DT 25984 – Review

Daily Telegraph Cryptic No 25984 – Review

A full analysis by Peter Biddlecombe

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BD Rating – Difficulty *** Enjoyment ***

More difficult than usual – I certainly struggled with 21A, as the S_R_T_ER with possible choices for the blanks takes up quite a bit of the print-out’s white space. A slightly unsatisfactory grid – answers like 1 and 10 are underchecked, but ones like 12, 15 and 17 are overchecked.

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Across
1 Ostentatious in a smock? (11)
OVERDRESSED – CD based on a smock being worn over other clothes for a messy activity like pottery.
9 Approach time for preparation (3-2)
RUN-UP – 2 defs
10 Stop including one pound that’s most common (9)
PREVALENT – (A,L) = “one pound” in PREVENT
11 Be at home after short break for painter (7)
HOLBEIN – painter of Henry VIII among others. HOL. = “short break”,BE,IN=at home
12 It is likely to be found at the end of the column (8 )
PEDESTAL – a barely cryptic definition – only “end” rather than “bottom” is a variation from a plain def.
14 Undignified leading character on the air performing (4-4)
ANTI-HERO = anag. of “on the air”. “undignified” seems a bit odd, but I guess dignity is one of the heroic attributes which an anti-hero could lack.
15 Part of sudden ovation is for the star (4)
NOVA – hidden word. First major gripe: the word “is” in the clue can only be surface padding. The subsequent “for the” makes it a bit worse, though these two words can be justified without “is”.
17 Supporting part of machine (7)
BEARING – 2 defs
19 Symbol for the most part split (4)
CLEF – a musical symbol, which is most of “cleft”. Just “symbol” seems a poor def., and the surface meaning doesn’t seem interesting enough to excuse a weak def.
20 Second person in Paris allowed back with plenty of time for private tuition (8 )
TUTELAGE – TU = “second person [in the grammar sense] in Paris”, TEL = reverse of let=allowed, AGE=plenty of time. Solid wordplay construction and reasonable surface meaning – one of the better clues here.
21 Spray hesitantly put on drink (8 )
SPRITZER = a drink, possibly of white wine and soda, but it depends very much where you are. The Italian variant called Spritz is a good start to an evening in Venice. SPRITZ = spray or squirt (same Germanic word origin), ER = “hesitantly”. Not too conviced by the second part, though I suppose if you say something with an “er” you do so hesitantly. I’ll buy that reason when the “er” comes first!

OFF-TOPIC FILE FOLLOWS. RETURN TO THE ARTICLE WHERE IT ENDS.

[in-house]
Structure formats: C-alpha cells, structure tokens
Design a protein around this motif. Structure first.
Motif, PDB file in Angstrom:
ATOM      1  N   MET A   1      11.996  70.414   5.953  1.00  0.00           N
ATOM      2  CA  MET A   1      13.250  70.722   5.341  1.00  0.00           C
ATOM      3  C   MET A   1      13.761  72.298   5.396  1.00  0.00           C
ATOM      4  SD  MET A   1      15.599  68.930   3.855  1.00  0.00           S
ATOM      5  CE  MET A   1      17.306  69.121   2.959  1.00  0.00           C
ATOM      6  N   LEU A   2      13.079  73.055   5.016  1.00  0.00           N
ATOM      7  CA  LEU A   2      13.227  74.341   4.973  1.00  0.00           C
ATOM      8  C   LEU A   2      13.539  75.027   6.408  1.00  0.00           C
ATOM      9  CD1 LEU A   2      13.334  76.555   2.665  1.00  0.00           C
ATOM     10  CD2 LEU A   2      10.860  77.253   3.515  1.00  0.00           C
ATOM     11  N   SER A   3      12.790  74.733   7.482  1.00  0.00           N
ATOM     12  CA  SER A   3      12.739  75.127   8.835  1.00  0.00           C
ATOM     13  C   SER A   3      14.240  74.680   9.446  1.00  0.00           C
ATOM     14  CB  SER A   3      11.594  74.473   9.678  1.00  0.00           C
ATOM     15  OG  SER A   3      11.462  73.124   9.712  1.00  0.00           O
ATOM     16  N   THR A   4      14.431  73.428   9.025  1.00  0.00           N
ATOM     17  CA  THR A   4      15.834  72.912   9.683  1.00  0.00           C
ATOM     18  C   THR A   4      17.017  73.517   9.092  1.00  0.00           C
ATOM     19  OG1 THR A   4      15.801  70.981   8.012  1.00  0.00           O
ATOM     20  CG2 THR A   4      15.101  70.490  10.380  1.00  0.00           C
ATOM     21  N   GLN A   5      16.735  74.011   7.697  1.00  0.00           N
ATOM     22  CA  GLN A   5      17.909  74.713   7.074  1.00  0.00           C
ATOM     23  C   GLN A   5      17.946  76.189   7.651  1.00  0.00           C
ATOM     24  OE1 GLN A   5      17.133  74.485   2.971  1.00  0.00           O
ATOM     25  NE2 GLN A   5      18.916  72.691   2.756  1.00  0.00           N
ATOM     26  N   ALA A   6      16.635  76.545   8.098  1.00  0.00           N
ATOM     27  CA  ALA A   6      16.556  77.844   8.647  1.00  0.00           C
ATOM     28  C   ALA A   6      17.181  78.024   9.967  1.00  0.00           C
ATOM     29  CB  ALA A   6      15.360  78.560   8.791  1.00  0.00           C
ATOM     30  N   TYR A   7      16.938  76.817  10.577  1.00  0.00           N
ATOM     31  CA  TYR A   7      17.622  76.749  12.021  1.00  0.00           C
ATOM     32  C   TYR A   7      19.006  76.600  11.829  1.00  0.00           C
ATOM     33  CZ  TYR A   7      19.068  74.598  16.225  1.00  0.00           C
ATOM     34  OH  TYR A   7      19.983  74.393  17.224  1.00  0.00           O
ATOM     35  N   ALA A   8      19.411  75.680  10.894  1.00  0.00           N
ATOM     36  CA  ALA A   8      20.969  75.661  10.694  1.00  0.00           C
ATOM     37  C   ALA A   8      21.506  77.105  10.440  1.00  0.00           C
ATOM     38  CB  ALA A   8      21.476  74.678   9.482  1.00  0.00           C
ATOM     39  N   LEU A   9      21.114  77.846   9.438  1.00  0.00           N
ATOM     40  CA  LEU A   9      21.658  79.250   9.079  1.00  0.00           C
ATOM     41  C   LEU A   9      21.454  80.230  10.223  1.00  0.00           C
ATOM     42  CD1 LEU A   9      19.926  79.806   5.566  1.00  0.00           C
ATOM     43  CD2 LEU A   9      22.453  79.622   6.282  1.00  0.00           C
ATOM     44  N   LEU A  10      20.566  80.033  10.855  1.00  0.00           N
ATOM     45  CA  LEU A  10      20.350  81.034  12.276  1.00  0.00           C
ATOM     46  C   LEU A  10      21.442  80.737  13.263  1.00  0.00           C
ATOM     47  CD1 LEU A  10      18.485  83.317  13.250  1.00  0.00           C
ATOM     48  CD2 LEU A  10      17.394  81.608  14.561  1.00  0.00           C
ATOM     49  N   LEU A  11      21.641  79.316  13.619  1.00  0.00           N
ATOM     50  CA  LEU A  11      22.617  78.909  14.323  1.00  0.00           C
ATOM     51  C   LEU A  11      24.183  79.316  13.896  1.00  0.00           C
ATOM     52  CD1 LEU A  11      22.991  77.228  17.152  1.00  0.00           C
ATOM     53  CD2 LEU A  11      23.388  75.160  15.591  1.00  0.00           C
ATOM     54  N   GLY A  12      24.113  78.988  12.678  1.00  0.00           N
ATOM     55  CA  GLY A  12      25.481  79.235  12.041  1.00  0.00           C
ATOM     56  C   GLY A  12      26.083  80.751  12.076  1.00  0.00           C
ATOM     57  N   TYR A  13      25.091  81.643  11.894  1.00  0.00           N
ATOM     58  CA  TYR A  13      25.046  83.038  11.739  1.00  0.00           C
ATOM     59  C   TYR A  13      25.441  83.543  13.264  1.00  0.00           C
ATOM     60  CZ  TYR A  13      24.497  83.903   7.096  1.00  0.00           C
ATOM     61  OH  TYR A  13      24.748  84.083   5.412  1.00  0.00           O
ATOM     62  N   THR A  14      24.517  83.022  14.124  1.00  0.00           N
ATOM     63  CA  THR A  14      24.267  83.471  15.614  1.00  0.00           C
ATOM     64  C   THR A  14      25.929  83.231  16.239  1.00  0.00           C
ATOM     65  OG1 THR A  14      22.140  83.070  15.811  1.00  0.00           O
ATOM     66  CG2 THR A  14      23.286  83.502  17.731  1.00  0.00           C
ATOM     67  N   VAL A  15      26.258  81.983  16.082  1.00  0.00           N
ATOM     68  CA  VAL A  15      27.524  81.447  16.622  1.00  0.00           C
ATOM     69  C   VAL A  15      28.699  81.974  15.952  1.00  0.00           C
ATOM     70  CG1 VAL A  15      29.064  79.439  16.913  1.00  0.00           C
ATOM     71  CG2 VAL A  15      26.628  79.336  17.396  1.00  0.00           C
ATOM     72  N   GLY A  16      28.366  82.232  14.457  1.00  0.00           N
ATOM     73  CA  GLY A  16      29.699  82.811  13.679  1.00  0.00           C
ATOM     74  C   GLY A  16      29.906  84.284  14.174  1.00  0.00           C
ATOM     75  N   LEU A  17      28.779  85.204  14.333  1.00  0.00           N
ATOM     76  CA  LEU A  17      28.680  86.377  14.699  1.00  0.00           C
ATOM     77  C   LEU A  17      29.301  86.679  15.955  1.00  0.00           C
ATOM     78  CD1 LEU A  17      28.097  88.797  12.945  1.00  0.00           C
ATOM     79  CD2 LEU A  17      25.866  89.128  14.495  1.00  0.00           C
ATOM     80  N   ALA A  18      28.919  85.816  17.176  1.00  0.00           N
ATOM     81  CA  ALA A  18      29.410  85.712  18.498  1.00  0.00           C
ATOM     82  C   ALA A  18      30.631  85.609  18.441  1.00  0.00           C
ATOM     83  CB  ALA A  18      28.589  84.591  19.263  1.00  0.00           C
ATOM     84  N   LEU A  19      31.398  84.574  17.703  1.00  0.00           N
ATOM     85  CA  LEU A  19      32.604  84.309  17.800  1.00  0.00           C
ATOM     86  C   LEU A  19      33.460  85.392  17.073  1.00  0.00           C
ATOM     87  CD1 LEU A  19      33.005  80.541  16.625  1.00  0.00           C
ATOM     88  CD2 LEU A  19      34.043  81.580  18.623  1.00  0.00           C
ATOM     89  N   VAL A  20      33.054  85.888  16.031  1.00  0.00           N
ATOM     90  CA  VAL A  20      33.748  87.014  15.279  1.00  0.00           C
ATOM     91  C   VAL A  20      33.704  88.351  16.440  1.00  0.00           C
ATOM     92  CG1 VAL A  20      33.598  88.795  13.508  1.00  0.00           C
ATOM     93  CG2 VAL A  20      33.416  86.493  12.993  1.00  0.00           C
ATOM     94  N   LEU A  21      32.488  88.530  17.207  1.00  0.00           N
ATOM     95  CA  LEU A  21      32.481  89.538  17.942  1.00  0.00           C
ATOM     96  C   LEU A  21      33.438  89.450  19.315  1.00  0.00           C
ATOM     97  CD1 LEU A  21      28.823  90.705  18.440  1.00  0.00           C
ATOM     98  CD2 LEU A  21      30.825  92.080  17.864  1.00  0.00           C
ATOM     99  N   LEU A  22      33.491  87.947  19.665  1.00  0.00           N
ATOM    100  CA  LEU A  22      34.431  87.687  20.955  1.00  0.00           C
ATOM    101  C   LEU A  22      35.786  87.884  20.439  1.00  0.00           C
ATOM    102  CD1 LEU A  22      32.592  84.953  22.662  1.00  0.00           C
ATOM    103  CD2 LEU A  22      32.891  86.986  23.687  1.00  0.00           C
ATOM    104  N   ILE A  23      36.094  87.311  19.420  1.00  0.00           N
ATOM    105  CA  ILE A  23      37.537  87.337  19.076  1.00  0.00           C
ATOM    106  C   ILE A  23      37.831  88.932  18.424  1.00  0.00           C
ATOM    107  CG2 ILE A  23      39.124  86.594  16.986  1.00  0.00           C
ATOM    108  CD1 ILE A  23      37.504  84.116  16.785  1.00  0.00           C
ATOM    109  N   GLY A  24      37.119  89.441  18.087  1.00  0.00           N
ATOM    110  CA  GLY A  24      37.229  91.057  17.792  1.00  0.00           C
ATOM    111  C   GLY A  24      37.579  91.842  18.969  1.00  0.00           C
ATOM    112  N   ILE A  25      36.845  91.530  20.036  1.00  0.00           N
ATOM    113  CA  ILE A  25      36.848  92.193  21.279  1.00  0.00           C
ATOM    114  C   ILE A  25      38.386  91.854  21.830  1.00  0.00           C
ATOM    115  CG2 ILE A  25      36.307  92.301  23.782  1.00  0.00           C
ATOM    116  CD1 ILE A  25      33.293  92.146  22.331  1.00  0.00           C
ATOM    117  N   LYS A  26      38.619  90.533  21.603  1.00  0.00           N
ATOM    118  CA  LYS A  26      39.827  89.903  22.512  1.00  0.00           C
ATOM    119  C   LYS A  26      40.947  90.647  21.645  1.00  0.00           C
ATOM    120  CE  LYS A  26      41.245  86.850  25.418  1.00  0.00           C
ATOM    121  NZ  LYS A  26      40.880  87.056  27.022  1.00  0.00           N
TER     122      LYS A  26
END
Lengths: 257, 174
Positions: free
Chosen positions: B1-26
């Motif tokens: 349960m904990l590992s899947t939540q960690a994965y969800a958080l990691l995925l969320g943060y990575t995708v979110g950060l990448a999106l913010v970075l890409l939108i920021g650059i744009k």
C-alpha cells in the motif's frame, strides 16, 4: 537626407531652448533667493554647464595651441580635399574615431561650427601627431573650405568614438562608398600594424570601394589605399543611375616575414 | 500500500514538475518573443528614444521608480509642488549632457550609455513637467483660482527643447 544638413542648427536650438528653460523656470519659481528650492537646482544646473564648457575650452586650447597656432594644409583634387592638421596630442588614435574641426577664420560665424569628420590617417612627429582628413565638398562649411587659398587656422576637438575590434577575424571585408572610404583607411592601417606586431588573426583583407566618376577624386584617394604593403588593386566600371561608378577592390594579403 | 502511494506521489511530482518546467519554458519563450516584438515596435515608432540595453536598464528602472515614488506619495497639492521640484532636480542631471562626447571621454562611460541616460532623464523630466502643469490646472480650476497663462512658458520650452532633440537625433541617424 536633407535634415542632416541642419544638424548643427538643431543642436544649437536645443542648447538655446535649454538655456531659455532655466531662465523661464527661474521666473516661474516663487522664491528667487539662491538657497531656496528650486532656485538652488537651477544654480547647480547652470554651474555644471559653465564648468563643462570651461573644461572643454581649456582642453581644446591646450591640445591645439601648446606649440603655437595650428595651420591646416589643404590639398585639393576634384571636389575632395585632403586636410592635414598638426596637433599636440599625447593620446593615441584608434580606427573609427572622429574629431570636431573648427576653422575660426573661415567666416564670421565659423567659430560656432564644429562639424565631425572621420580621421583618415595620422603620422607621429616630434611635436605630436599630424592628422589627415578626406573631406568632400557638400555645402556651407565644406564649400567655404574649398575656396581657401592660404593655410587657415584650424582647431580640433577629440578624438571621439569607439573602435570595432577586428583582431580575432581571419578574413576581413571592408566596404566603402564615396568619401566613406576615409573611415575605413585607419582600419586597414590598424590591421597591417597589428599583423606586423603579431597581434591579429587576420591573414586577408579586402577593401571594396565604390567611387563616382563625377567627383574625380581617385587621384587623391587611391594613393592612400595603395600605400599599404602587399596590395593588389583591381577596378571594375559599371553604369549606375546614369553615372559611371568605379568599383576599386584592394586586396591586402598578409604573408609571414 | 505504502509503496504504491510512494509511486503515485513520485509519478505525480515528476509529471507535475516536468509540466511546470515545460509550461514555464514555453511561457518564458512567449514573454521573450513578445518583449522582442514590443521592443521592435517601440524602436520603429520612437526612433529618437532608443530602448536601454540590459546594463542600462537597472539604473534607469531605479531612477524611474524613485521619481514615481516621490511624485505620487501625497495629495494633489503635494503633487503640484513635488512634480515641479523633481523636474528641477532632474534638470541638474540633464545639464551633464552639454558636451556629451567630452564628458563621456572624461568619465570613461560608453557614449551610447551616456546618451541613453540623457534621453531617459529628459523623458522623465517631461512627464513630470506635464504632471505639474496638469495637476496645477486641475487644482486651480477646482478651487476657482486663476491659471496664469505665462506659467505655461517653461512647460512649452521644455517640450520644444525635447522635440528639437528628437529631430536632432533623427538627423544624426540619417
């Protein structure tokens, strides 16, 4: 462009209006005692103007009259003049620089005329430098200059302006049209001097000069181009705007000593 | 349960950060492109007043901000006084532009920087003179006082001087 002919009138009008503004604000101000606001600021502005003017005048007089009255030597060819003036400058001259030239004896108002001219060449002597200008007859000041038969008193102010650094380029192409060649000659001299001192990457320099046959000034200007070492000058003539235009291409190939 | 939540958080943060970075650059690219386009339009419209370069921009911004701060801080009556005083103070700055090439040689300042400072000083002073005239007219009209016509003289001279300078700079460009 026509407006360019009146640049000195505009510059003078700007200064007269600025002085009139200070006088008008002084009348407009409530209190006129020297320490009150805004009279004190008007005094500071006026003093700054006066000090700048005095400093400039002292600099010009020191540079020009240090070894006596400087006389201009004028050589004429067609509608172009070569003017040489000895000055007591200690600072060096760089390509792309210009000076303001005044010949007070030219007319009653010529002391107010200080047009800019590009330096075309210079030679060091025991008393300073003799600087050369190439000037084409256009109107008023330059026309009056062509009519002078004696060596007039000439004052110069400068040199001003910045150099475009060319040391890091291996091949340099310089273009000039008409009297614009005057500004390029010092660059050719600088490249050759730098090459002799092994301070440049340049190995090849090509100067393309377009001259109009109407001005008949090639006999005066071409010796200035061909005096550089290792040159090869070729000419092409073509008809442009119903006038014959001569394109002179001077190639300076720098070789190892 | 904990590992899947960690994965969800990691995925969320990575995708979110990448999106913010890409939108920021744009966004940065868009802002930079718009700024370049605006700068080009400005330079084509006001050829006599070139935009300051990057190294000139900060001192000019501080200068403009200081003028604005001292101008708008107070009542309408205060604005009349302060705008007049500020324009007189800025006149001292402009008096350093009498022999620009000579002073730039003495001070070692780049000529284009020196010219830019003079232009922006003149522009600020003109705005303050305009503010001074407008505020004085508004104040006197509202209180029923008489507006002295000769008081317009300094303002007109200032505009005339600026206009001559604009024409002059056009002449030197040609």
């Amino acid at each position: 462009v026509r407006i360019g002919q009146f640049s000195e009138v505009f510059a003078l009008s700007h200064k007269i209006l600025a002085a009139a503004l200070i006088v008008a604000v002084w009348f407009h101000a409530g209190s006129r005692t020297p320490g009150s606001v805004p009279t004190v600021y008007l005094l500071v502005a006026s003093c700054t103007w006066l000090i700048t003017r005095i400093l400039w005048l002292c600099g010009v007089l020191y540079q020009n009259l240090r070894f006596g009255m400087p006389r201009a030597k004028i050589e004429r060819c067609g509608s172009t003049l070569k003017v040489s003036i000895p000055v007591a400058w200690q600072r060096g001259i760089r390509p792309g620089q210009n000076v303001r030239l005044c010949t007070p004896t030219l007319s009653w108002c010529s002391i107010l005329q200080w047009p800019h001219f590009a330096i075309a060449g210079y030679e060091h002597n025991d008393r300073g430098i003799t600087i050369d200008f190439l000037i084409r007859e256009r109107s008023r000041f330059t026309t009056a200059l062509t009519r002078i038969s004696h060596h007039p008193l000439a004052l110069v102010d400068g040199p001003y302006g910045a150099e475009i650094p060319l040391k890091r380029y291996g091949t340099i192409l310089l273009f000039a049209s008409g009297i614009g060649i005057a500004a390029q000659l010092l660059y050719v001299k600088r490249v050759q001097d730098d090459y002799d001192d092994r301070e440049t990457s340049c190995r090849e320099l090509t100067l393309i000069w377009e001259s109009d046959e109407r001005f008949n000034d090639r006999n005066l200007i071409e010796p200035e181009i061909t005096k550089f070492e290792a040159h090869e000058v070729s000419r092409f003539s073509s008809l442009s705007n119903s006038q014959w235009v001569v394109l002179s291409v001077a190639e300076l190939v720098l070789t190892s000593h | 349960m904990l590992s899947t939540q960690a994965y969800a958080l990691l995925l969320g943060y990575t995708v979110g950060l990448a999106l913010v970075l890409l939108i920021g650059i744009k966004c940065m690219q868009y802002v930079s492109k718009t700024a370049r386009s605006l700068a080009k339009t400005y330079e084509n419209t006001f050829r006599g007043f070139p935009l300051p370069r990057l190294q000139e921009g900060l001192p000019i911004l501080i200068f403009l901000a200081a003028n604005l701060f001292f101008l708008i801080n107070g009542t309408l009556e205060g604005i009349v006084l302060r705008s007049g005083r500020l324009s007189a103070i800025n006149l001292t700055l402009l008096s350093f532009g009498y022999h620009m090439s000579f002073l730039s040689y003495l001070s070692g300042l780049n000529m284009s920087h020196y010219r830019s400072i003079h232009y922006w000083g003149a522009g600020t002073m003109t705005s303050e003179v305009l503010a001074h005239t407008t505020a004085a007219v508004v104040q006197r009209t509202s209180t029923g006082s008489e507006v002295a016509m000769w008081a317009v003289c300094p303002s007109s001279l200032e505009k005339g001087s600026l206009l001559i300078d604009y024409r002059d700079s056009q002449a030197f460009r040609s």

23 Opening in modern surgery (7)
KEYHOLE – 2 defs, though one is really “type of surgery”. We don’t yet hear that Mr Smith’s speciality is “Keyhole”.
25 Travelling considerable distance to large working farm (4-5)
LONG-RANGE – LONG=large,RANGE=working farm. Not really convinced by long=large – in cases like spaghetti, something can be long but not very large. Correction: L(arge) + ON (working) + GRANGE (farm) – courtesy of Gazza.
26 Lady accountant, about 50, soldiers on (5)
CLARA = one of Dave’s favourite unspecified ladies. L=50 in CA = (Chertered) Accountant, RA=Royal Artillery=soldiers. I quite liked “soldiers on” as a tricky bit of wordplay.
27 Usherette is a headliner (7,4)
LEADING LADY – 2 defs
Down
2 Reluctant to lose a few lines (5)
VERSE = “a few lines” – (a)verse
3 I arrive dishevelled from coastal area (7)
RIVIERA – easy anag. of “I arrive”
4 Corresponding with daughter, say (8 )
RELATIVE – 2 defs
5 Henry prepared to go above third son (4)
SETH – set = prepared, H=henry (the SI unit). Seth was the third son of Adam and Eve. If you think he’s little known, spare a thought for Adam’s unnamed other 30 sons and 23 daughters
6 What is the dentist doing? Exercising (8 )
DRILLING – 2 defs
7 I name officer in most cases (2,7)
IN GENERAL = I,N,GENERAL
8 Nothing to write inside present for sale to highest bidder (4,2,5)
OPEN TO OFFER – PEN=write, inside OTO = “nothing to”, then OFFER = present for sale. Wordplay which took quite a while to explain.
12 Fine shot? (7,4)
PENALTY KICK – nice cryptic def. based on fine=penalty and kick=shot (in football) – and a penalty kick might turn out to be a “fine shot”.
13 Shakespearean, despite real trouble, set out (7)
LAERTES – anag. of real, anag. of set. Not impressed by this one – “despite” is surface padding, and with 40-odd plays, “Shakespearean” doesn’t help you very much.
16 My servant could have been member of parish council (9)
VESTRYMAN = anag. of “My servant” – once upon a time, parish councils met in vestries, and to this day, churchwardens are elected at “vestry meetings”.
17 Soothing oil said to come from castle (8 )
BALMORAL – BALM=soothing oil, ORAL=said. You have to like a clue where “said” is not acting as a homophone indicator.
18 Grit mixed with neon gas (8 )
NITROGEN = anag. of (grit, neon)
19 ‘Felix!’ (7)
CATCALL – nicely done cryptic def.
22 Pleaded but not initially encouraged (5)
EGGED = encouraged, from pleaded = (b)egged
24 Lamb, priest starting academy (4)
ELIA – pen name of Charles Lamb. Eli=priest,A=”starting academy”. Eli and Elia are long-standing crossword favourites.

2 Comments

  1. gazza
    Posted July 23, 2009 at 1:21 pm | Permalink | Reply

    25a. I think that the wordplay is L(arge) + ON (working) + GRANGE (farm).

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